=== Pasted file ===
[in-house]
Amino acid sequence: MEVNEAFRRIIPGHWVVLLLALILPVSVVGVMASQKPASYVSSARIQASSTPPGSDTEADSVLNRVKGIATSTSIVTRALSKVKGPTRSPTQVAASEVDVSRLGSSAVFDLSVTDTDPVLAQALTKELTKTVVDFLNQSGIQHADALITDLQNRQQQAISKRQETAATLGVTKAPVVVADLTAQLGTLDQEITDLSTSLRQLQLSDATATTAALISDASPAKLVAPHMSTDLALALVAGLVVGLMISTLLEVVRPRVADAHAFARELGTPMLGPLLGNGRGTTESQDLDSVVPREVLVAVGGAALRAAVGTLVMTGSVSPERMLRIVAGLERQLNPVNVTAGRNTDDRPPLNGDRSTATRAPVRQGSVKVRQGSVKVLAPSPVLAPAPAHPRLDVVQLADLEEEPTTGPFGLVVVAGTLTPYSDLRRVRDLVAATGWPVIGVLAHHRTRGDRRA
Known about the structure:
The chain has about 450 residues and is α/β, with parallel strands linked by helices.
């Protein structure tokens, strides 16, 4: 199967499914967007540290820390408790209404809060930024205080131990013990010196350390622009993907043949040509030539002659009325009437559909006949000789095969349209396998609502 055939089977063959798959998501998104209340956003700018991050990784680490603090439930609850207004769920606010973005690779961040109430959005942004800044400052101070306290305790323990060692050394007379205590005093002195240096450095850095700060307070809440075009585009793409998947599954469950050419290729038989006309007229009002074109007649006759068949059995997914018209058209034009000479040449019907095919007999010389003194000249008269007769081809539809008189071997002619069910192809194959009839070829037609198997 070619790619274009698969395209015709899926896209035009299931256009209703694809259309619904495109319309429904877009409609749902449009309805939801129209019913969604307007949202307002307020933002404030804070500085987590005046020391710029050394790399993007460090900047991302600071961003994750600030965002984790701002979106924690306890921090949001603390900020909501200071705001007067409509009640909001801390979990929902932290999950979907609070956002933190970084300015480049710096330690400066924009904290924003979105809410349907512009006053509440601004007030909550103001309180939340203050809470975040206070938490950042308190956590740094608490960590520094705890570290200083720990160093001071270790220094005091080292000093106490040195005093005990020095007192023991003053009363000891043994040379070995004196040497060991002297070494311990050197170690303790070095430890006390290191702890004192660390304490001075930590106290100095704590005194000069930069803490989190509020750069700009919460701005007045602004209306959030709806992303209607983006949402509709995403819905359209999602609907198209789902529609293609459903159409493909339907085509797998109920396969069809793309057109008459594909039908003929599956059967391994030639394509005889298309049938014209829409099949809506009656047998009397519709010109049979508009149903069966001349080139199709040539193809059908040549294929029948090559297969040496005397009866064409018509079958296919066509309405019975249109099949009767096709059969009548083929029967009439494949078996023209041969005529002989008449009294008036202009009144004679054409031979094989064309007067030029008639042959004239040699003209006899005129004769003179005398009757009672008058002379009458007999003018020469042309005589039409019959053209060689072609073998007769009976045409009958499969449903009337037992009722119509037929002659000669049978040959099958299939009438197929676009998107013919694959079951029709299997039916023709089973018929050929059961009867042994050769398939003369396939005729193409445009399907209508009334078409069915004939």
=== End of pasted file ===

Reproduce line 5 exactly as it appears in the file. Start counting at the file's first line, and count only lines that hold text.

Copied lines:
């Protein structure tokens, strides 16, 4: 199967499914967007540290820390408790209404809060930024205080131990013990010196350390622009993907043949040509030539002659009325009437559909006949000789095969349209396998609502 055939089977063959798959998501998104209340956003700018991050990784680490603090439930609850207004769920606010973005690779961040109430959005942004800044400052101070306290305790323990060692050394007379205590005093002195240096450095850095700060307070809440075009585009793409998947599954469950050419290729038989006309007229009002074109007649006759068949059995997914018209058209034009000479040449019907095919007999010389003194000249008269007769081809539809008189071997002619069910192809194959009839070829037609198997 070619790619274009698969395209015709899926896209035009299931256009209703694809259309619904495109319309429904877009409609749902449009309805939801129209019913969604307007949202307002307020933002404030804070500085987590005046020391710029050394790399993007460090900047991302600071961003994750600030965002984790701002979106924690306890921090949001603390900020909501200071705001007067409509009640909001801390979990929902932290999950979907609070956002933190970084300015480049710096330690400066924009904290924003979105809410349907512009006053509440601004007030909550103001309180939340203050809470975040206070938490950042308190956590740094608490960590520094705890570290200083720990160093001071270790220094005091080292000093106490040195005093005990020095007192023991003053009363000891043994040379070995004196040497060991002297070494311990050197170690303790070095430890006390290191702890004192660390304490001075930590106290100095704590005194000069930069803490989190509020750069700009919460701005007045602004209306959030709806992303209607983006949402509709995403819905359209999602609907198209789902529609293609459903159409493909339907085509797998109920396969069809793309057109008459594909039908003929599956059967391994030639394509005889298309049938014209829409099949809506009656047998009397519709010109049979508009149903069966001349080139199709040539193809059908040549294929029948090559297969040496005397009866064409018509079958296919066509309405019975249109099949009767096709059969009548083929029967009439494949078996023209041969005529002989008449009294008036202009009144004679054409031979094989064309007067030029008639042959004239040699003209006899005129004769003179005398009757009672008058002379009458007999003018020469042309005589039409019959053209060689072609073998007769009976045409009958499969449903009337037992009722119509037929002659000669049978040959099958299939009438197929676009998107013919694959079951029709299997039916023709089973018929050929059961009867042994050769398939003369396939005729193409445009399907209508009334078409069915004939």